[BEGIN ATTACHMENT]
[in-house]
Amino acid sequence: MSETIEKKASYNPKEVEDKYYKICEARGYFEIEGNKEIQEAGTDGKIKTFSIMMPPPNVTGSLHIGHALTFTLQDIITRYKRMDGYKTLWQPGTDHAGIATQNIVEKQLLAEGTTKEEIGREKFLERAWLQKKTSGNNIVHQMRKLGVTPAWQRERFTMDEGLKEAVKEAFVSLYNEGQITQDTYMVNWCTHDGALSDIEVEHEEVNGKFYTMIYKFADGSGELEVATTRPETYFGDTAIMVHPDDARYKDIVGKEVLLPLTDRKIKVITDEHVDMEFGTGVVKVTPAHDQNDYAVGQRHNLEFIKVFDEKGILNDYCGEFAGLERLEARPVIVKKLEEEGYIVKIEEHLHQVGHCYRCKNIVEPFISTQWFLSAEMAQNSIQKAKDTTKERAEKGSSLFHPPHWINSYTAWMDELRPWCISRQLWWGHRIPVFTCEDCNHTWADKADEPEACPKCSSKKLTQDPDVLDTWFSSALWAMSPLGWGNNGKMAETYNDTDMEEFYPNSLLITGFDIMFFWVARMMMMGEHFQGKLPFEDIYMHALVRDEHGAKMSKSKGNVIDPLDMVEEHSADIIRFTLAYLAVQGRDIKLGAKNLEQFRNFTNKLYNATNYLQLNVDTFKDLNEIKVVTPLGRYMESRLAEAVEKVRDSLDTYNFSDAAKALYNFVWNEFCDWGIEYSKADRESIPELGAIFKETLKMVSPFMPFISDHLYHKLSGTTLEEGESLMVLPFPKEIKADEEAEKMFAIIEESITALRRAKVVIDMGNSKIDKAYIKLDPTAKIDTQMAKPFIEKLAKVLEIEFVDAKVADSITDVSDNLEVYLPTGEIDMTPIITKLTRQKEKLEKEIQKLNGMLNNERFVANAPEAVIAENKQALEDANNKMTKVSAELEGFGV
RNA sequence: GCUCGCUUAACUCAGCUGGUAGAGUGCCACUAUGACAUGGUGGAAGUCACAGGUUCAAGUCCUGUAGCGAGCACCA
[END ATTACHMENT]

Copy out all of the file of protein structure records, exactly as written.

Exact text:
[in-house]
Amino acid sequence: MSETIEKKASYNPKEVEDKYYKICEARGYFEIEGNKEIQEAGTDGKIKTFSIMMPPPNVTGSLHIGHALTFTLQDIITRYKRMDGYKTLWQPGTDHAGIATQNIVEKQLLAEGTTKEEIGREKFLERAWLQKKTSGNNIVHQMRKLGVTPAWQRERFTMDEGLKEAVKEAFVSLYNEGQITQDTYMVNWCTHDGALSDIEVEHEEVNGKFYTMIYKFADGSGELEVATTRPETYFGDTAIMVHPDDARYKDIVGKEVLLPLTDRKIKVITDEHVDMEFGTGVVKVTPAHDQNDYAVGQRHNLEFIKVFDEKGILNDYCGEFAGLERLEARPVIVKKLEEEGYIVKIEEHLHQVGHCYRCKNIVEPFISTQWFLSAEMAQNSIQKAKDTTKERAEKGSSLFHPPHWINSYTAWMDELRPWCISRQLWWGHRIPVFTCEDCNHTWADKADEPEACPKCSSKKLTQDPDVLDTWFSSALWAMSPLGWGNNGKMAETYNDTDMEEFYPNSLLITGFDIMFFWVARMMMMGEHFQGKLPFEDIYMHALVRDEHGAKMSKSKGNVIDPLDMVEEHSADIIRFTLAYLAVQGRDIKLGAKNLEQFRNFTNKLYNATNYLQLNVDTFKDLNEIKVVTPLGRYMESRLAEAVEKVRDSLDTYNFSDAAKALYNFVWNEFCDWGIEYSKADRESIPELGAIFKETLKMVSPFMPFISDHLYHKLSGTTLEEGESLMVLPFPKEIKADEEAEKMFAIIEESITALRRAKVVIDMGNSKIDKAYIKLDPTAKIDTQMAKPFIEKLAKVLEIEFVDAKVADSITDVSDNLEVYLPTGEIDMTPIITKLTRQKEKLEKEIQKLNGMLNNERFVANAPEAVIAENKQALEDANNKMTKVSAELEGFGV
RNA sequence: GCUCGCUUAACUCAGCUGGUAGAGUGCCACUAUGACAUGGUGGAAGUCACAGGUUCAAGUCCUGUAGCGAGCACCA